International Machine Vision Standards meeting sees a number of key developments
At the International Machine Vision Standards Meeting in Schongau, Germany, experts discussed the development of current standards used in image processing, including GenICam software, USB 3.0 Vision, Camera Link HS, GigE Vision, and CoaXPress standards.
Last month industry experts gathered in Schongau, Germany under the support of the global G3 group (AIA, EMVA, and JIIA) for the year’s second International Standards Meeting. At the meeting, which was organized by Sensor to Image, experts discussed the development of current standards used in image processing, including GenICam software, USB 3.0 Vision, Camera Link HS, GigE Vision, and CoaXPress standards.
Here is a look at the key developments in each of the aforementioned interface standards of the machine vision industry:
At this meeting, the group agreed to force the development of GenApi 3.0, which will enable a significantly faster initializing of a camera’s features, and will require less memory. The group also discussed furtherstandardized camera features in the SNFC module, in particular, "UserSets," "SequencerMode," generic software trigger, firmware update, and TL-specific features for USB3 Vision and CoaXPress.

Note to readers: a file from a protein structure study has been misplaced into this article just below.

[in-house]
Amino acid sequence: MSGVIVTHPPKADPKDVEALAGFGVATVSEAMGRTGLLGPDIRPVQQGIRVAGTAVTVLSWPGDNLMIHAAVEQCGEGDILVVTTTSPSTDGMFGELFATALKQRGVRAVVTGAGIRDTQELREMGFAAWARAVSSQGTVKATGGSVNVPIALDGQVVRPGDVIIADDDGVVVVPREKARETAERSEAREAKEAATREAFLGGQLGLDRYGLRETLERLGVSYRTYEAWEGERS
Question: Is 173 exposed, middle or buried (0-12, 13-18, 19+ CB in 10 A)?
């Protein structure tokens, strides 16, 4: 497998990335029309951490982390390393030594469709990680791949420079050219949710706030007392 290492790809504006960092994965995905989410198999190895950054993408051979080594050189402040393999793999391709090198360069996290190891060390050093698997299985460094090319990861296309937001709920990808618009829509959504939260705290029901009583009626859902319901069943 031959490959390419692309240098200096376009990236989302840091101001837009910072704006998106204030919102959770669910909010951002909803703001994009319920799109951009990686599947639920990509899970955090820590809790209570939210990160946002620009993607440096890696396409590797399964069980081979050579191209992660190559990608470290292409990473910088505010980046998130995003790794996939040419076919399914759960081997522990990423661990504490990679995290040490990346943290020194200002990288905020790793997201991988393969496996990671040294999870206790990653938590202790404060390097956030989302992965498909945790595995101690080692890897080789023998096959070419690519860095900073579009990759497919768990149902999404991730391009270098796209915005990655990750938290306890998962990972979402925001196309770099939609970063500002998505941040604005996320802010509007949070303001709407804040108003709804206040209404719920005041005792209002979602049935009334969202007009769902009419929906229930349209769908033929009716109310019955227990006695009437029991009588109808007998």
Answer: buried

A proposal was put forth by the group to integrate pixel formats and features for 3D cameras, along with an agreement to develop procedures to validate GenTL-compliant products. In addition, GenICam 2.4 will be released at the end of 2013 and will include updated versions of the underlying modules GenApi (v2.4), GenTL (v1.4), and SFNC (v2.1). GenICam 3.0 is expected to be released in the second half of 2014.
At the USB3 Vision committee meeting, the group discussed a number of open issues in order to roll them into a 1.0.1 standard release, which is scheduled for later this year. A number of research items were also discussed, which will be completed for the next meeting. These include multi-camera synchronization, multiple image streams from a single camera, and enhanced power delivery cameras.
Research items slated for potential inclusion in a future standard were also discussed, and these include lowering the overhead of extremely fast frame rate acquisitions and more deterministic transfers for asynchronous events. The first official public certification event was also completed at the meeting.
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